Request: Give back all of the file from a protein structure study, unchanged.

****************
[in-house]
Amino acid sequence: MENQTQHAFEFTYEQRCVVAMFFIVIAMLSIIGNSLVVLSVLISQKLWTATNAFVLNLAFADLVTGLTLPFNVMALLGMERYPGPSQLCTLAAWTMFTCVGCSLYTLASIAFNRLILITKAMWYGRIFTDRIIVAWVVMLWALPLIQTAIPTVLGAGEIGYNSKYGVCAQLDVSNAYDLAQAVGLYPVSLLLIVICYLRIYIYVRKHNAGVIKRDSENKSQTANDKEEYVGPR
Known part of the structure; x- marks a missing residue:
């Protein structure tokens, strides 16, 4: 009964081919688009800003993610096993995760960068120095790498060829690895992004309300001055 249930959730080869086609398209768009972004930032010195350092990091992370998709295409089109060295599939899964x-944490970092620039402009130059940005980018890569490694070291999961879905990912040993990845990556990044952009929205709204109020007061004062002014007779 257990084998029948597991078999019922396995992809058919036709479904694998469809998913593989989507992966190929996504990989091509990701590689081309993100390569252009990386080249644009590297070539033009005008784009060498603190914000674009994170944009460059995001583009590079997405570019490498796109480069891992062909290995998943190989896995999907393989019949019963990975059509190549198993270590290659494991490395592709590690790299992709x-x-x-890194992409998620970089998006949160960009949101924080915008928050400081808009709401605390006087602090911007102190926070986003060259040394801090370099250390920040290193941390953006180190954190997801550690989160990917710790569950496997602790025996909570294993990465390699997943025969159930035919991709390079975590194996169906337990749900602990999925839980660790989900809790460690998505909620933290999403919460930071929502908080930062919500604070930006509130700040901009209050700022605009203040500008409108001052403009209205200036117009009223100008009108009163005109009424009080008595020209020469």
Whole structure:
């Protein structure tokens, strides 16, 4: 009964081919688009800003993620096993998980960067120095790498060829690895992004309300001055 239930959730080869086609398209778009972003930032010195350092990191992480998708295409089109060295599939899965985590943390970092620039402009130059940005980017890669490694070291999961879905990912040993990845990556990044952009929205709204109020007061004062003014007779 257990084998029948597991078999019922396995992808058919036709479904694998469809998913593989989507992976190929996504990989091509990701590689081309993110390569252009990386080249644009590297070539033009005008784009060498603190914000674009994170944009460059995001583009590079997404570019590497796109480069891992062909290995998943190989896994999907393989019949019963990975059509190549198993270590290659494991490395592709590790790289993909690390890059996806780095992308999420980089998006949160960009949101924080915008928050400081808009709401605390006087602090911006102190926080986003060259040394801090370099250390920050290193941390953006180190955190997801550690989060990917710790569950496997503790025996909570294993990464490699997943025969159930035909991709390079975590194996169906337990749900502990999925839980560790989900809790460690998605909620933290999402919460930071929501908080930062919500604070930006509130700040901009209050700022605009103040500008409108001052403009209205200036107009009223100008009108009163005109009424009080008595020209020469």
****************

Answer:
[in-house]
Amino acid sequence: MENQTQHAFEFTYEQRCVVAMFFIVIAMLSIIGNSLVVLSVLISQKLWTATNAFVLNLAFADLVTGLTLPFNVMALLGMERYPGPSQLCTLAAWTMFTCVGCSLYTLASIAFNRLILITKAMWYGRIFTDRIIVAWVVMLWALPLIQTAIPTVLGAGEIGYNSKYGVCAQLDVSNAYDLAQAVGLYPVSLLLIVICYLRIYIYVRKHNAGVIKRDSENKSQTANDKEEYVGPR
Known part of the structure; x- marks a missing residue:
């Protein structure tokens, strides 16, 4: 009964081919688009800003993610096993995760960068120095790498060829690895992004309300001055 249930959730080869086609398209768009972004930032010195350092990091992370998709295409089109060295599939899964x-944490970092620039402009130059940005980018890569490694070291999961879905990912040993990845990556990044952009929205709204109020007061004062002014007779 257990084998029948597991078999019922396995992809058919036709479904694998469809998913593989989507992966190929996504990989091509990701590689081309993100390569252009990386080249644009590297070539033009005008784009060498603190914000674009994170944009460059995001583009590079997405570019490498796109480069891992062909290995998943190989896995999907393989019949019963990975059509190549198993270590290659494991490395592709590690790299992709x-x-x-890194992409998620970089998006949160960009949101924080915008928050400081808009709401605390006087602090911007102190926070986003060259040394801090370099250390920040290193941390953006180190954190997801550690989160990917710790569950496997602790025996909570294993990465390699997943025969159930035919991709390079975590194996169906337990749900602990999925839980660790989900809790460690998505909620933290999403919460930071929502908080930062919500604070930006509130700040901009209050700022605009203040500008409108001052403009209205200036117009009223100008009108009163005109009424009080008595020209020469």
Whole structure:
């Protein structure tokens, strides 16, 4: 009964081919688009800003993620096993998980960067120095790498060829690895992004309300001055 239930959730080869086609398209778009972003930032010195350092990191992480998708295409089109060295599939899965985590943390970092620039402009130059940005980017890669490694070291999961879905990912040993990845990556990044952009929205709204109020007061004062003014007779 257990084998029948597991078999019922396995992808058919036709479904694998469809998913593989989507992976190929996504990989091509990701590689081309993110390569252009990386080249644009590297070539033009005008784009060498603190914000674009994170944009460059995001583009590079997404570019590497796109480069891992062909290995998943190989896994999907393989019949019963990975059509190549198993270590290659494991490395592709590790790289993909690390890059996806780095992308999420980089998006949160960009949101924080915008928050400081808009709401605390006087602090911006102190926080986003060259040394801090370099250390920050290193941390953006180190955190997801550690989060990917710790569950496997503790025996909570294993990464490699997943025969159930035909991709390079975590194996169906337990749900502990999925839980560790989900809790460690998605909620933290999402919460930071929501908080930062919500604070930006509130700040901009209050700022605009103040500008409108001052403009209205200036107009009223100008009108009163005109009424009080008595020209020469």